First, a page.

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Old boys make relic tour a success

Bans on foreigners and religious activities no constraint on progress through northeast

Naga warriors provide an escort for the Don Bosco Relic Naga warriors provide an escort for the Don Bosco Relic
  • C.M. Paul, Dimapur
  • India
  • May 26, 2011
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The coordinator of the Saint Don Bosco’s relic tour has praised hundreds of former students from Salesian schools who have helped make a success of a difficult first section of the relic's progress through India.

“If it was not for them, the Don Bosco relics would not have reached places like Ziro, Doimukh, Borduria and Khonsa in Arunachal Pradesh where foreigners are not allowed,” said relics tour coordinator, Father Jose Palely on May 24.

The tour, which began on April 29, has passed through the problematic northeast region despite restrictions ranging from a ban on foreigners to a law curbing Christian activities.

It was no mean task getting travel permits for three Italian relic escorts to enter Arunachal Pradesh, where Christian activities are legally restricted because of the Freedom of Religion Bill, organizers said.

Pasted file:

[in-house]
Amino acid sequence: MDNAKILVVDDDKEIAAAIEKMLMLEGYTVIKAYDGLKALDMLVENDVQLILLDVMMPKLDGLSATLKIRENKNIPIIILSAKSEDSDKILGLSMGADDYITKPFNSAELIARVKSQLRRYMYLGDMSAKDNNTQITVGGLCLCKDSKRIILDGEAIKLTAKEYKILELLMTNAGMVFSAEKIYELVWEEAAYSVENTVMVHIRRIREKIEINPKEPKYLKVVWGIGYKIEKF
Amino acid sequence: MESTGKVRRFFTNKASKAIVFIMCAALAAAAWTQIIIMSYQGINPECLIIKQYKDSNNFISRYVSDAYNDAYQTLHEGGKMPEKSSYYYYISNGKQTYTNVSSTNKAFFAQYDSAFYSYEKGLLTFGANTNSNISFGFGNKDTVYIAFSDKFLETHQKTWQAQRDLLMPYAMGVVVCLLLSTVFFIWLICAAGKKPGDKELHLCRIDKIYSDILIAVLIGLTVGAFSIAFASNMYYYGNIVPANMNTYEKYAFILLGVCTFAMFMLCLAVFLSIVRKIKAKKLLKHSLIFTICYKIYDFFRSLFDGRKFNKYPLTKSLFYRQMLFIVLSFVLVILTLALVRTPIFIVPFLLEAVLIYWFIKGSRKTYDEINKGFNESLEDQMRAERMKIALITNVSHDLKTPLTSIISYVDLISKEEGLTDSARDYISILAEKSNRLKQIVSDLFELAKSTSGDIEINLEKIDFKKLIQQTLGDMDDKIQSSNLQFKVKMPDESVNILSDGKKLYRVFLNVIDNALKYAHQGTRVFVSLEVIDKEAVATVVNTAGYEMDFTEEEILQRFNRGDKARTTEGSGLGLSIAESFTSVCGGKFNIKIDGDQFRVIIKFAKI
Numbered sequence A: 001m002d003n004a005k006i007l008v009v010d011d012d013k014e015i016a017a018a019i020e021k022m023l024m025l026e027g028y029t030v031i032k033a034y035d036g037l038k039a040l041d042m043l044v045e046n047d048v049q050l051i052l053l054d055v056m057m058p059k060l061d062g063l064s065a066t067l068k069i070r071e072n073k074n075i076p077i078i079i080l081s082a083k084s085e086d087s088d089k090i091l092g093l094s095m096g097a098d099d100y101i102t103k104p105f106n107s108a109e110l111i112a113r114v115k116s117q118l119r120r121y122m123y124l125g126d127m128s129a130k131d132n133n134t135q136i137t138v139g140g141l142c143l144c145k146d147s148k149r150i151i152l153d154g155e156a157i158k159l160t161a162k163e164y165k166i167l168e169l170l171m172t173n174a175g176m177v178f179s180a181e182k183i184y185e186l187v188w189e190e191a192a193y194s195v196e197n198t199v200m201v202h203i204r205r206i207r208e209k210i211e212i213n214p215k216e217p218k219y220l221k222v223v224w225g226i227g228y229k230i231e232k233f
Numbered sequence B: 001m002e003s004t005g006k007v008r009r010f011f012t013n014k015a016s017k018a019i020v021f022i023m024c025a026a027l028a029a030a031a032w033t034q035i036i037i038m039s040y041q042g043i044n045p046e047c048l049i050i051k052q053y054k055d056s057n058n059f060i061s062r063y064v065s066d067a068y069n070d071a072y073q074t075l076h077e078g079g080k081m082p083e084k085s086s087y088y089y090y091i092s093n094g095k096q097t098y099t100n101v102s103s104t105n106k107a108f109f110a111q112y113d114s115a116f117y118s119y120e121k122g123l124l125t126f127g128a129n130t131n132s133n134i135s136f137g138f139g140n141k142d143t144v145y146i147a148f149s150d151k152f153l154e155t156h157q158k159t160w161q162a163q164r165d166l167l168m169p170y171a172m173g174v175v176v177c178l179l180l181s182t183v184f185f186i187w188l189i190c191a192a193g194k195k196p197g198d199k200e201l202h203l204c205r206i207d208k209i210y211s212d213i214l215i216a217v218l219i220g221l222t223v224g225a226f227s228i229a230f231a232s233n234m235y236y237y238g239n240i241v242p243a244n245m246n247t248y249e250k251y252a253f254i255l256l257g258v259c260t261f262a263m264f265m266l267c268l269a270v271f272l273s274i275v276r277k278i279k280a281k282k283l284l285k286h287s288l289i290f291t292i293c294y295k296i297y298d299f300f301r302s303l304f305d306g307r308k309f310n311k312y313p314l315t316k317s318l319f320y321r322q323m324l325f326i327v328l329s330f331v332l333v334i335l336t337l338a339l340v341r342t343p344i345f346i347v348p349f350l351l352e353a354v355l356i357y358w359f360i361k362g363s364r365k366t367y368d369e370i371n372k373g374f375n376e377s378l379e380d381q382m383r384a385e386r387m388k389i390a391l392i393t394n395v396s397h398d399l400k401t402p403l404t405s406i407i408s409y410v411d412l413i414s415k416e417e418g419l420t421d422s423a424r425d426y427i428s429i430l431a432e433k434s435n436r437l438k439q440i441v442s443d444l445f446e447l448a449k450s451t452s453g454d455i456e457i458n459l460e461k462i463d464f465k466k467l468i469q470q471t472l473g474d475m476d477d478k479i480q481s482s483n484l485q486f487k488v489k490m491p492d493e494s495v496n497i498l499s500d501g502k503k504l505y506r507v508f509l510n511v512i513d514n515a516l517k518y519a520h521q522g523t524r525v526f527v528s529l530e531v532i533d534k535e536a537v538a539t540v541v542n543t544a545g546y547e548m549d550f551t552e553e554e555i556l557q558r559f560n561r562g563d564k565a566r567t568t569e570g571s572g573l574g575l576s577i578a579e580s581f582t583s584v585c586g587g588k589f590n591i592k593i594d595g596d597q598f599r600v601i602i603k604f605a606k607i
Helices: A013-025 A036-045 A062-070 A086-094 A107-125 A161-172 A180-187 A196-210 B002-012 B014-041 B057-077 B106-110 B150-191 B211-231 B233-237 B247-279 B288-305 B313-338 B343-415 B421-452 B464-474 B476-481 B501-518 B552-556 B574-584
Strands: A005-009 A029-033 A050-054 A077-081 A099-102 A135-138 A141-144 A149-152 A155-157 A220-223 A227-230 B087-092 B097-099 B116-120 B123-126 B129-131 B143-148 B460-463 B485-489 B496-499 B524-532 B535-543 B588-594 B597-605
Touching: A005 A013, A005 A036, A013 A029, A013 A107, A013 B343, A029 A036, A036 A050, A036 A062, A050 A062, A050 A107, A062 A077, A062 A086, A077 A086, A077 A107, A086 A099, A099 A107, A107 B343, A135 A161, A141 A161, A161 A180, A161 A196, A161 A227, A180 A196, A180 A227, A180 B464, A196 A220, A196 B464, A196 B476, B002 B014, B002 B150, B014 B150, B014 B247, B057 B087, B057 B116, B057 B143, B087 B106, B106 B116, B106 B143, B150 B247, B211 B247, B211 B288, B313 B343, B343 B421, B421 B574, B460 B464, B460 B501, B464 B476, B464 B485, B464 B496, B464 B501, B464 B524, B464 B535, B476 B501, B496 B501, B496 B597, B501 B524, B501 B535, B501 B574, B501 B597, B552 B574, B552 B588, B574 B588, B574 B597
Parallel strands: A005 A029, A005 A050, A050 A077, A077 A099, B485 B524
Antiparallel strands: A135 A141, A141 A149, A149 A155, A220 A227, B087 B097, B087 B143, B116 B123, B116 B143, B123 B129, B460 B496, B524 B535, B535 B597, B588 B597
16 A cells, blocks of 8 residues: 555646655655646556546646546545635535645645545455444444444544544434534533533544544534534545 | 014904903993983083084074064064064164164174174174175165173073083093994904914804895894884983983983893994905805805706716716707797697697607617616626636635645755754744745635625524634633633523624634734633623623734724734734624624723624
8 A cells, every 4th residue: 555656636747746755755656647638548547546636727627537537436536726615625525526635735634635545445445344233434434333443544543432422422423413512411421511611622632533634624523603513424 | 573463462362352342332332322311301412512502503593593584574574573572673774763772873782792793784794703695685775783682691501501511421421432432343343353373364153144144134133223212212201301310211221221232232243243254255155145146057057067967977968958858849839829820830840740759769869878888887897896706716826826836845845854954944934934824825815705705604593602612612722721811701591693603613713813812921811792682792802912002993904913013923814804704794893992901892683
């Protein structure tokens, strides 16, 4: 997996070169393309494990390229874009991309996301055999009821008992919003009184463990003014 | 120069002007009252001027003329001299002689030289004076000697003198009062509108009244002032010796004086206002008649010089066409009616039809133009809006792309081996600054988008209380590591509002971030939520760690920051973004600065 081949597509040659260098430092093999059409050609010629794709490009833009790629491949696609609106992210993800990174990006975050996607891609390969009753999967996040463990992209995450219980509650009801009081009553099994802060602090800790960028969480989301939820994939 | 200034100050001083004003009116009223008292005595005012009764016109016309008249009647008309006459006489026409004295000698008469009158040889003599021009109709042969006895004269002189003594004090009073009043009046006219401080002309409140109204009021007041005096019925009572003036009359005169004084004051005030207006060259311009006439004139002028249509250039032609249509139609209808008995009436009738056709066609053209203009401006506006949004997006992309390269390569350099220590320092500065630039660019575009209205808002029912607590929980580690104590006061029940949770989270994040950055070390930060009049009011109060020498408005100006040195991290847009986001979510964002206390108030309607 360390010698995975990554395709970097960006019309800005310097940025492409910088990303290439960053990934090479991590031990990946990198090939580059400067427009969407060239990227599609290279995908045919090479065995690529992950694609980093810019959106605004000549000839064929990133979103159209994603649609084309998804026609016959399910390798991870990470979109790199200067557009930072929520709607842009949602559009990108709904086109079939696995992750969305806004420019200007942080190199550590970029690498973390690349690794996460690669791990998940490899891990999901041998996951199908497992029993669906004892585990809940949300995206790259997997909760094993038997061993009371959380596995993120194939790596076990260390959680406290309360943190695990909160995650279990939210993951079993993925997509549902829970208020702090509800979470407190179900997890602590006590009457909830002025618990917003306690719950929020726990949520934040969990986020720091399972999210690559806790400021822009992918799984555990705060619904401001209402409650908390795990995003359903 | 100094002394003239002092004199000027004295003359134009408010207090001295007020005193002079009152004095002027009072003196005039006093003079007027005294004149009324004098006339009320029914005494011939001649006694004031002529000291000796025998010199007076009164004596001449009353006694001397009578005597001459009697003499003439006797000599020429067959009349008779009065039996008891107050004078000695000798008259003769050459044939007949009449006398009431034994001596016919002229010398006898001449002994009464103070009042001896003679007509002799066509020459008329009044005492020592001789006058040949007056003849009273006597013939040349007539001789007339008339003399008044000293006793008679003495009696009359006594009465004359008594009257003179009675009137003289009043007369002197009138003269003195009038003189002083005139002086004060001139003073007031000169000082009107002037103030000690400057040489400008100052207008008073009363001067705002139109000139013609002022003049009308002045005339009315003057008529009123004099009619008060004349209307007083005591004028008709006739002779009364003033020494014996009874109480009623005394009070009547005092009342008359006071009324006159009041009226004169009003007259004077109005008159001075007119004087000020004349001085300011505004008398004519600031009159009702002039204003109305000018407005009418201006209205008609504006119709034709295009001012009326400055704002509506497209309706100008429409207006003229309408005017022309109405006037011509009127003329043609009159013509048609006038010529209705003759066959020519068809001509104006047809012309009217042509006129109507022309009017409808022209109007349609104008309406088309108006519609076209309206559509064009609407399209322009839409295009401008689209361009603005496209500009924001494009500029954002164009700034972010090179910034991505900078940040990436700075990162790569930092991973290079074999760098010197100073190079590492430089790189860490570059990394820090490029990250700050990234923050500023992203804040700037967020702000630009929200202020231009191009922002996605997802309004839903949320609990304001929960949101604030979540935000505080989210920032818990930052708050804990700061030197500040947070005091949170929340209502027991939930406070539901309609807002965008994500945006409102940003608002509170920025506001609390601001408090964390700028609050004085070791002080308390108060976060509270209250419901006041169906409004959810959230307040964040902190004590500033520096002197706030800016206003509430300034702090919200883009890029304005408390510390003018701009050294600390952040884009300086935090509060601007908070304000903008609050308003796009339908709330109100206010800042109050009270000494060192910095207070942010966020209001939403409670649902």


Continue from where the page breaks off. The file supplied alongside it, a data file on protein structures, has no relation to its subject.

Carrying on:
Father Palely said the Apathani (tribe) alumni took the relic to Ziro where there is no Salesian institution. The alumni are a “mixed group of Christians, Hindus, Muslims, Jains and animists,” he said.

Joint efforts by the provincial federation and Dimapur unit of Don Bosco alumni got the government’s approval for installing a life-size statue of the saint in the heart of Dimapur to commemorate the visit of the relic. The Dimapur Salesian province is based in the town.

"It was a moment of grace, blessing, renewal, inspiration, fresh enthusiasm, for the Salesians themselves, as well as for the thousands of people who paid homage to the saint," said Vice Provincial Father Nestor Guria, who accompanied the relic.

Alumni federation and Nagaland state government official Francis Solo said they see Don Bosco not only “as a holy man, but also as a courageous young boy, who took on the challenges of growing up as a fatherless child.”

Stephen Kamson, another former student and a government medical officer, said many have spent thousands of rupees to visit the relic in Turin, Italy. But now hundreds of people have been able to see the relic in their hometown, he said.

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